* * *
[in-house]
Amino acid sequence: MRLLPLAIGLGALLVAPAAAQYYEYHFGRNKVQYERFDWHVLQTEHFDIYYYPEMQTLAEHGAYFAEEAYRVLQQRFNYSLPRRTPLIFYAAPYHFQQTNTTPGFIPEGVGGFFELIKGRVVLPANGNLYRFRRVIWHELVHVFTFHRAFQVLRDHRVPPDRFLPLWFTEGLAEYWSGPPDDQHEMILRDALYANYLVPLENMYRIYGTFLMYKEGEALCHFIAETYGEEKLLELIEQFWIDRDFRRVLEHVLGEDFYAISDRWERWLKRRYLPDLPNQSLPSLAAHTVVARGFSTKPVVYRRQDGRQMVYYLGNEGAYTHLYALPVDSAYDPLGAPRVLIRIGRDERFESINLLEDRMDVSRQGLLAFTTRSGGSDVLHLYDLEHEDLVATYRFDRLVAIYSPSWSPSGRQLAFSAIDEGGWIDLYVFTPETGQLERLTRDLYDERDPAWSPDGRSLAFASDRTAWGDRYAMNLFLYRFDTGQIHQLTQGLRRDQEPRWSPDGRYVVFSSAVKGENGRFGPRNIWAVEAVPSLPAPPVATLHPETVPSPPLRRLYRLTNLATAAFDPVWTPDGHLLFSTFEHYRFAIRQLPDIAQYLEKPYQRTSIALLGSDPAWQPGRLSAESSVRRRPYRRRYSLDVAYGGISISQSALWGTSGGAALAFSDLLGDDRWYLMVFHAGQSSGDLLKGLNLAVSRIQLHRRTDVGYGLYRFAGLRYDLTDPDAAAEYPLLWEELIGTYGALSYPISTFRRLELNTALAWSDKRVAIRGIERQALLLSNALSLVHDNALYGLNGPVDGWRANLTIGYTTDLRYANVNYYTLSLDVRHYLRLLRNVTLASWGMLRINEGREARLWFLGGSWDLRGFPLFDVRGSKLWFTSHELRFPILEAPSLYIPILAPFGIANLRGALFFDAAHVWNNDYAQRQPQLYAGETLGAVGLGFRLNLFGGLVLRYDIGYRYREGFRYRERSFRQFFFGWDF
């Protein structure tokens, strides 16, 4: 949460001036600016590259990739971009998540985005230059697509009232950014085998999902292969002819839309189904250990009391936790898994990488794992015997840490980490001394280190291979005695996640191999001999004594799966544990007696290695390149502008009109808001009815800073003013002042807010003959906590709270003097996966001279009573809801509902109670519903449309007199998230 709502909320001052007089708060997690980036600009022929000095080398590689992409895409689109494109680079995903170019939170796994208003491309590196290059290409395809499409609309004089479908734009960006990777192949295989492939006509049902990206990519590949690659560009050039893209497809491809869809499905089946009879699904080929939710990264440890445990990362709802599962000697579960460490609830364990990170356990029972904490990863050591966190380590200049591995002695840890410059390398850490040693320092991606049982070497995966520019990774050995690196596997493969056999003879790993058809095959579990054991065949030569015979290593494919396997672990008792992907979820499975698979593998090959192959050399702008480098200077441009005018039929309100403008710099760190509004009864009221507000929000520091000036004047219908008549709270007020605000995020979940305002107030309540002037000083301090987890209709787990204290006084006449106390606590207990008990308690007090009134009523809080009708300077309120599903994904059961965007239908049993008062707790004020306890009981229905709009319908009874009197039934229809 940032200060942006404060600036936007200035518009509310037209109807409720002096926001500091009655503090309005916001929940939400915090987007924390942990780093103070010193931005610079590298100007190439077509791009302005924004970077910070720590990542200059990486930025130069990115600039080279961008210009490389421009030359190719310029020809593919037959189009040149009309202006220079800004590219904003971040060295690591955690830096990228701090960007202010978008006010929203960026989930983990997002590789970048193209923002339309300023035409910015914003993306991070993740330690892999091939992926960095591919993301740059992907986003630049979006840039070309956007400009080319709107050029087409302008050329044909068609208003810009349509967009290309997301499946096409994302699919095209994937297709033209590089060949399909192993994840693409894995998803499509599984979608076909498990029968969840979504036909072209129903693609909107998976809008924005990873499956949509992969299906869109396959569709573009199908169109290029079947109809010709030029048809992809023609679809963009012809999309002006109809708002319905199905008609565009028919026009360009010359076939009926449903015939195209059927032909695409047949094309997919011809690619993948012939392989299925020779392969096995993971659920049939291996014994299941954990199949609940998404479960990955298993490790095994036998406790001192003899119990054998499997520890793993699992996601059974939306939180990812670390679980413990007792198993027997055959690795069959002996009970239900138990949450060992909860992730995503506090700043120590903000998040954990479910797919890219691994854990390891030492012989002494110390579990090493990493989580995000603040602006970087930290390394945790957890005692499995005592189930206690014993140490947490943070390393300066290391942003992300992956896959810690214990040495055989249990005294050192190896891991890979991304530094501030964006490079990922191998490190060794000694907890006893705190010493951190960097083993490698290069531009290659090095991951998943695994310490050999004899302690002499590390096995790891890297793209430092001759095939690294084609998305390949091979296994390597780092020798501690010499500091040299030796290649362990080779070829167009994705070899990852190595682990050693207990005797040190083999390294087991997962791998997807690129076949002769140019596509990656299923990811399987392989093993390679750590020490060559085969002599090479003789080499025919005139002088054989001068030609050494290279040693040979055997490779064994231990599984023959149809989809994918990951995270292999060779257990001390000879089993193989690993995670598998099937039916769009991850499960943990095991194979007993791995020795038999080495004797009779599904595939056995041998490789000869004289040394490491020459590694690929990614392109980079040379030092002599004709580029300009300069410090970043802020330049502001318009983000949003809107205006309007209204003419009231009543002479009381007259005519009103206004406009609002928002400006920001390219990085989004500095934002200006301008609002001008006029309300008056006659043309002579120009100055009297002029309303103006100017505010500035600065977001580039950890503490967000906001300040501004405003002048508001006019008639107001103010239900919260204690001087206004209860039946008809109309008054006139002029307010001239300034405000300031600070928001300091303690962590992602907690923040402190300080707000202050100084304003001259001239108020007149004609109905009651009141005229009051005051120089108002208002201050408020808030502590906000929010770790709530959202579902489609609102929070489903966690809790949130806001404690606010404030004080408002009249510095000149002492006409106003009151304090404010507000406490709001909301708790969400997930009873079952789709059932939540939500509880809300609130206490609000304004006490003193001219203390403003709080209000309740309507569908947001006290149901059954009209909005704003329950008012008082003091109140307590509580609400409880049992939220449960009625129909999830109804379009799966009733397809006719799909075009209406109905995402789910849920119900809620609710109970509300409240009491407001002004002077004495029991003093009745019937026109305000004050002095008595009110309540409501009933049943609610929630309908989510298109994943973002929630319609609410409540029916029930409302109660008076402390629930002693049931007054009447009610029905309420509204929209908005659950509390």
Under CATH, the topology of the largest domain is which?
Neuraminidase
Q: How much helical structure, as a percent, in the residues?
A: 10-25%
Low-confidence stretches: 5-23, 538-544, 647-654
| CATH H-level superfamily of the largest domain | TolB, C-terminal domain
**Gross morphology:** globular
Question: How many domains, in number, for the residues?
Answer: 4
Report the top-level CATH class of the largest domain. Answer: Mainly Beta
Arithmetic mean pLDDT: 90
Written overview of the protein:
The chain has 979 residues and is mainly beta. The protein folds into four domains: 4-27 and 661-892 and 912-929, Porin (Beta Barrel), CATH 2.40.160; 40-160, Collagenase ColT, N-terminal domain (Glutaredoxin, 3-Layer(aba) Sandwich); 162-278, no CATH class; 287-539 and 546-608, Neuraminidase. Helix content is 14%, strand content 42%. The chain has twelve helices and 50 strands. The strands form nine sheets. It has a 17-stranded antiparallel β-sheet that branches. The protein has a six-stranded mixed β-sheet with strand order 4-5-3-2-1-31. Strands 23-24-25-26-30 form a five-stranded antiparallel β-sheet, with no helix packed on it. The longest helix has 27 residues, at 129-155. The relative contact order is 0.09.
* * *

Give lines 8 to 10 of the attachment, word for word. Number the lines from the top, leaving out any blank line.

Low-confidence stretches: 5-23, 538-544, 647-654
| CATH H-level superfamily of the largest domain | TolB, C-terminal domain
**Gross morphology:** globular